Missouri voters are not only considering the legalization of medical marijuana, but they’ll have three General Election ballot measures to do it. 

Amendments 2 and 3 and Proposition C all give voters the choice of legalizing cannabis for medical treatments. Each ballot question varies from the others, though, in the taxation and regulation of the substance. 

What is the difference between an amendment and a proposition? 

A major difference among the three measures is their potential standing in state law books. Both Amendment 2 and 3, if passed, would add a new amendment to the Missouri Constitution. Only another vote by the general public could reverse a constitutional amendment, according to information from the Pettis County Clerk’s Office. 

The same can’t be said for Proposition C. The proposition would only change state statutes, which the Missouri Legislature could alter with a bill passing through the state Senate and House of Representatives. 

Even if Missourians pass Proposition C, state lawmakers could nullify the decision with votes of their own. A statutory change doesn’t command the same legal protections against reversal as a constitutional amendment. 

What if all three measures pass? 

State law outlines which amendment would have the final say in case both Amendment 2 and 3 pass on Nov. 6. If voters pass two or more conflicting amendments in the same election, the measure with the highest number of votes will prevail.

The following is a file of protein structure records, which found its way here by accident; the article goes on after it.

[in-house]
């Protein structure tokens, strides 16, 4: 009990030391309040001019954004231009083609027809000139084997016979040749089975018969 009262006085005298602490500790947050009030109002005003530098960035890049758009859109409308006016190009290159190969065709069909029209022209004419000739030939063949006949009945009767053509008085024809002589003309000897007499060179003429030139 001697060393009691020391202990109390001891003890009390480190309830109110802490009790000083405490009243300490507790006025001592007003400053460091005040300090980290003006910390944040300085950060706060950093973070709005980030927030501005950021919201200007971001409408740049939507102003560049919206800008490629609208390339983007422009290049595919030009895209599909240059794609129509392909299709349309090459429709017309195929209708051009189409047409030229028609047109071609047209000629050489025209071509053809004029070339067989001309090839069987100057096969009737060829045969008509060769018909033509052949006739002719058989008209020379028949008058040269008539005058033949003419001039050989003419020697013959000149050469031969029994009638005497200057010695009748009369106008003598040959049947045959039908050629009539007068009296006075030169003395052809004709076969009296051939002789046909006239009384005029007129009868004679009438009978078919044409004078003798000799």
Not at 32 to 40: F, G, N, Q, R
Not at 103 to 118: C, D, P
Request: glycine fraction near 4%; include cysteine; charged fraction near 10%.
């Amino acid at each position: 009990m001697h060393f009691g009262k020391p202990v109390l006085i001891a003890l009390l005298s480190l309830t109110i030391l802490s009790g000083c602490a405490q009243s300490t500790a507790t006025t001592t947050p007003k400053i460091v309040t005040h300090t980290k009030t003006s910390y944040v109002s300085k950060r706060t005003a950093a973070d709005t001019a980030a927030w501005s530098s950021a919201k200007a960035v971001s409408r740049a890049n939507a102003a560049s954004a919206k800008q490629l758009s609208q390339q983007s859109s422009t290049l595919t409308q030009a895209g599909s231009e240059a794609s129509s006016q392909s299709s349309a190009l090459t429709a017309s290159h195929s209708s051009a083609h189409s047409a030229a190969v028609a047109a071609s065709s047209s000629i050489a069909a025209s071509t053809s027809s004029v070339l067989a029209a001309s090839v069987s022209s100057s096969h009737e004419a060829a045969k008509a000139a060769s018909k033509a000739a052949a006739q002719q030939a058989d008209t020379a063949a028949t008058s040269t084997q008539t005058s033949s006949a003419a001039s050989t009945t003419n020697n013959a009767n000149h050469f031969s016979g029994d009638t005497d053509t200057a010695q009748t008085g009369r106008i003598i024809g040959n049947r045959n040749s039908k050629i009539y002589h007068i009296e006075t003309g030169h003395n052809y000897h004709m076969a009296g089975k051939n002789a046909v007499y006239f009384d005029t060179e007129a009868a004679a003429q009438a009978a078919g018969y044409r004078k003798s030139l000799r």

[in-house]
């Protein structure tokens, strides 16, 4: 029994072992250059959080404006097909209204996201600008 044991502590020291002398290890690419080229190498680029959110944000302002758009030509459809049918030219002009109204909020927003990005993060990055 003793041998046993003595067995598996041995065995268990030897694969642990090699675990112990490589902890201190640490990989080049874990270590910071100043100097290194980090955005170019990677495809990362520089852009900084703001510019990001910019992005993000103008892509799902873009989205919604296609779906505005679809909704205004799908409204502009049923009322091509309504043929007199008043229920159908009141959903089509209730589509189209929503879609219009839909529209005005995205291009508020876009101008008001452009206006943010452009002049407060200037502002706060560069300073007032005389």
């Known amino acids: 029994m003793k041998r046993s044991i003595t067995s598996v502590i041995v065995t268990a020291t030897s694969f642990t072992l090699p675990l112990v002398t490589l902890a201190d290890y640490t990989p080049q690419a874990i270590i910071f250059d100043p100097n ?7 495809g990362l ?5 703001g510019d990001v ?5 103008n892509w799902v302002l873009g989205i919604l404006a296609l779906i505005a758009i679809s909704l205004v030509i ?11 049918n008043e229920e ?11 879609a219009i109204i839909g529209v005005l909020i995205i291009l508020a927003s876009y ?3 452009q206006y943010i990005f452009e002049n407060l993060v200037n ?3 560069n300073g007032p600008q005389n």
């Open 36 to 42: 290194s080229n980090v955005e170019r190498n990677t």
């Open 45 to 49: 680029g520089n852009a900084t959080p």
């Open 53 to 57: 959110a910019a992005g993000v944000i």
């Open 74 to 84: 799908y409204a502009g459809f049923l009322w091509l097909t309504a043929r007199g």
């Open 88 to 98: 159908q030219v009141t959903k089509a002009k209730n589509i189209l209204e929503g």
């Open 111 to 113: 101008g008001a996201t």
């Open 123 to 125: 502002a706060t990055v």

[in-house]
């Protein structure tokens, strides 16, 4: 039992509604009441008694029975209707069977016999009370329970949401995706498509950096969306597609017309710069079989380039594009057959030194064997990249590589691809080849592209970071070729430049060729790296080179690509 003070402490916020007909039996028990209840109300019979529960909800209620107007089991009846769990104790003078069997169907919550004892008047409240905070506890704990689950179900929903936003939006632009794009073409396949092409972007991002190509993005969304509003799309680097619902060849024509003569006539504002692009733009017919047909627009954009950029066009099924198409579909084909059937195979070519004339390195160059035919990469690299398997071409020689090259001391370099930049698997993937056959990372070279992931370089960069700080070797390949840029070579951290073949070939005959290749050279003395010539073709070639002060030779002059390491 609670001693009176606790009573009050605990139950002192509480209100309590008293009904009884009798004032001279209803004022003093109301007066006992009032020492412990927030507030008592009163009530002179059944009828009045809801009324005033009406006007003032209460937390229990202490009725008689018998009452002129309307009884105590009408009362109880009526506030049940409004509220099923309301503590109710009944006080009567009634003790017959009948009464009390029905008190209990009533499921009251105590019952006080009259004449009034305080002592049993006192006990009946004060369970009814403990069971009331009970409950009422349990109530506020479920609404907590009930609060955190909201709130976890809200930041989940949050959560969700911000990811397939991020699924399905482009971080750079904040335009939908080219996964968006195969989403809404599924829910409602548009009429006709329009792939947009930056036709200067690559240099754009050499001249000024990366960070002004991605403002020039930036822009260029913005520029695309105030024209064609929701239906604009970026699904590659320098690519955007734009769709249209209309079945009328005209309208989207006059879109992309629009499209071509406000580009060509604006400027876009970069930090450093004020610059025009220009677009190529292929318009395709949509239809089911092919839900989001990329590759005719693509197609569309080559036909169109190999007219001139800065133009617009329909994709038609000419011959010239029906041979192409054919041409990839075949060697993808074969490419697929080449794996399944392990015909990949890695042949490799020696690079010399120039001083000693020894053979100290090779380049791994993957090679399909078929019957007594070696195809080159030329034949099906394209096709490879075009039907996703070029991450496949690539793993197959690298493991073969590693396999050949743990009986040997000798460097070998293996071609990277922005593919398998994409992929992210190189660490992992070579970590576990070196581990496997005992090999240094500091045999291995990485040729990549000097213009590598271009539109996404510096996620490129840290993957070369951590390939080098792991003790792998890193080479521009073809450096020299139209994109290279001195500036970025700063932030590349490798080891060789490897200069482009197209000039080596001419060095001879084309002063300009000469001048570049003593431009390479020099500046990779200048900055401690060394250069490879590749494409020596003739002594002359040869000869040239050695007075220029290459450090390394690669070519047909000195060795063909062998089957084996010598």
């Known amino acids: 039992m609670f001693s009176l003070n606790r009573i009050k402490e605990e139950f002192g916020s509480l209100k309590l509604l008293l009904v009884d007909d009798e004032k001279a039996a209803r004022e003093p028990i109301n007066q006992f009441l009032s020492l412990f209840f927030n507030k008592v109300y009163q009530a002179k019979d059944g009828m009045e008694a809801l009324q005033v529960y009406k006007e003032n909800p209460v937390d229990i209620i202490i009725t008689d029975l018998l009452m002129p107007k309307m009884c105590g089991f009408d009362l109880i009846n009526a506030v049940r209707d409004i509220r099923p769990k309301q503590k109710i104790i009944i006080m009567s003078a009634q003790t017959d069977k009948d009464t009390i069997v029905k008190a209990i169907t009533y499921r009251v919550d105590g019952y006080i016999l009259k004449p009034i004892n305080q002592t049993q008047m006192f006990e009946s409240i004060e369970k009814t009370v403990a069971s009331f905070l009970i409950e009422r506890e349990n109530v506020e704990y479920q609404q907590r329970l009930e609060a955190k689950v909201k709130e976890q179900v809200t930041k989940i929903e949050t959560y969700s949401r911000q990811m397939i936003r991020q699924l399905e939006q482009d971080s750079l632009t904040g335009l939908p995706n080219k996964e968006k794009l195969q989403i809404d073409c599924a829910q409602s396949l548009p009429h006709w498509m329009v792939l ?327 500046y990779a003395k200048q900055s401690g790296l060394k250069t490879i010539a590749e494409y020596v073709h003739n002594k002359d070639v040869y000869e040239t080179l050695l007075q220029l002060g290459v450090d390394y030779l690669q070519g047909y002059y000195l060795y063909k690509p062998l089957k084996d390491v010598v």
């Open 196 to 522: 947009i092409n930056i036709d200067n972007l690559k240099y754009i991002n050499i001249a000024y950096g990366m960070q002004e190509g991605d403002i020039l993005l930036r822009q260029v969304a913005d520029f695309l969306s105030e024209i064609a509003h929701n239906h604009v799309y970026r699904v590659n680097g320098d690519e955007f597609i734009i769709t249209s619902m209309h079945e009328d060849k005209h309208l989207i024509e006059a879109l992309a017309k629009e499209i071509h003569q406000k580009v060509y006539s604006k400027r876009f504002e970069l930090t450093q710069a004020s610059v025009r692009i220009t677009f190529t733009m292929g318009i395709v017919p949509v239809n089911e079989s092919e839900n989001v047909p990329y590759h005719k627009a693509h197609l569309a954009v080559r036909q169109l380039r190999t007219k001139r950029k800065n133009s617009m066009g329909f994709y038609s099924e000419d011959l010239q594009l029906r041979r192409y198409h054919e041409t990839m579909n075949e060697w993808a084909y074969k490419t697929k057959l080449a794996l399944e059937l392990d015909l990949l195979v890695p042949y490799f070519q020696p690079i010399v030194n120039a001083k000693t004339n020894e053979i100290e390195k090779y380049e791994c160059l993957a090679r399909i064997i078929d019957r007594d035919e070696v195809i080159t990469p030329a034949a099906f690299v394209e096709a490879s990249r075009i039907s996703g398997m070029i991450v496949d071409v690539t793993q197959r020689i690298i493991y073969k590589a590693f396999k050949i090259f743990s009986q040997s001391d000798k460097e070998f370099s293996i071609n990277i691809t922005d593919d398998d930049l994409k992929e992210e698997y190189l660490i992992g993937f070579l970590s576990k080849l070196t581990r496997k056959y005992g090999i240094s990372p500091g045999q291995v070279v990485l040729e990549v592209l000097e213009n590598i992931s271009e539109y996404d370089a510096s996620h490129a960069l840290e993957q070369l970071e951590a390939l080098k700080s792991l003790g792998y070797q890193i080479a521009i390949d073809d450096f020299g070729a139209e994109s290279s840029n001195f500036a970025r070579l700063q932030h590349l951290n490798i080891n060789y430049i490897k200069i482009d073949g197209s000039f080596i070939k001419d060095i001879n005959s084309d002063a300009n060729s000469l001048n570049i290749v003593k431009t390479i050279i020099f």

The same section of Missouri’s statutes are unclear whether the winning constitutional amendment would have precedence over Proposition C. 

What is Amendment 2? 

All three measures agree on legalizing the use and sale of marijuana for specified medical purposes. They also support regulating and licensing procedures for marijuana and marijuana facilities, including sale, cultivation, testing and manufacturing of marijuana-infused products. 

That’s about as far as their agreements go. 

Each measure proposes its own tax percentage on retail sale of medical cannabis and has its own ideas for what the tax revenue should support. 

Amendment 2 would impose a 4 percent tax on sales at marijuana dispensaries. The revenue from licensing fees and taxation would go to the Missouri Veterans Commission for care and health services of military veterans. 

The Missouri Department of Health and Senior Services would also receive a share of the revenue to administer the licensing and regulation of marijuana and related facilities. 

This amendment is estimated to generate $18 million each year for state operating costs and veterans’ programs. It would also bring another $6 million annually to local governments. The state would pay an estimated $7 million every year to administer this initiative. 

What is Amendment 3? 

Amendment 3 would impose a larger tax percentage and support a new medical research center with its revenue. 

It would tax retail sales of marijuana at 15 percent and apply another tax on the sale of wholesale marijuana flowers and leaves to licensed facilities. The tax on wholesale flowers and leaves would be based on their weight in dry-weight ounces. 

The funds generated from these taxes would establish and maintain a state research institution for developing cures and treatments for cancer and other incurable diseases. 

The amendment would name Brad Bradshaw, who led the campaign to put Amendment 3 on the ballot, as the chairman of the institute.